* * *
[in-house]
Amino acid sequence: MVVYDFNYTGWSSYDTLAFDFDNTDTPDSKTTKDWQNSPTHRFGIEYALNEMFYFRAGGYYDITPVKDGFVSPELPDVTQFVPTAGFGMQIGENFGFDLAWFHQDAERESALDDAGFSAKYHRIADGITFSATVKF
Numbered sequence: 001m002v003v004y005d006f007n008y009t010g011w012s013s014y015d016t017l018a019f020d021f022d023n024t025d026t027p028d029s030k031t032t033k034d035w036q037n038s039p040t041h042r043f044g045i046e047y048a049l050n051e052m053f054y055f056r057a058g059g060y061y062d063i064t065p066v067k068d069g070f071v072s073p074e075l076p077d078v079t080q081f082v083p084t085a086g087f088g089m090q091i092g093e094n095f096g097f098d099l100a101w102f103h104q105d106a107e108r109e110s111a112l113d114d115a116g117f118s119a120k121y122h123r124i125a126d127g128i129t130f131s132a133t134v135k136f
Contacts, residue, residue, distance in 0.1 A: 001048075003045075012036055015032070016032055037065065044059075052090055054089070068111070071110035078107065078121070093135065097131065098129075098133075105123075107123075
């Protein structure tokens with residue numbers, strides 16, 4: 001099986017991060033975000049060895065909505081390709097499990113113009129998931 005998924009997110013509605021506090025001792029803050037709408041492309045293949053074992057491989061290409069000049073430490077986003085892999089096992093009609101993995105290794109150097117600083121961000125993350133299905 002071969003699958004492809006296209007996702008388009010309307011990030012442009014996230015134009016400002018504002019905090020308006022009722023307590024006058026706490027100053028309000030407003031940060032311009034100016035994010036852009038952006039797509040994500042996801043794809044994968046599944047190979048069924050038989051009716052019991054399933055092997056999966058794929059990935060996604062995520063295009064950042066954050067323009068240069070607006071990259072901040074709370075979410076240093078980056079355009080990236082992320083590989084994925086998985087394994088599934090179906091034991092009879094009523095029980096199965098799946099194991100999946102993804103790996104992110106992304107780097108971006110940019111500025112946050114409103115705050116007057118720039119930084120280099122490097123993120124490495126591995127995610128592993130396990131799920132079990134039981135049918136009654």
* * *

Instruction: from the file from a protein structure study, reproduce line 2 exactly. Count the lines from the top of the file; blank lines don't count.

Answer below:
Amino acid sequence: MVVYDFNYTGWSSYDTLAFDFDNTDTPDSKTTKDWQNSPTHRFGIEYALNEMFYFRAGGYYDITPVKDGFVSPELPDVTQFVPTAGFGMQIGENFGFDLAWFHQDAERESALDDAGFSAKYHRIADGITFSATVKF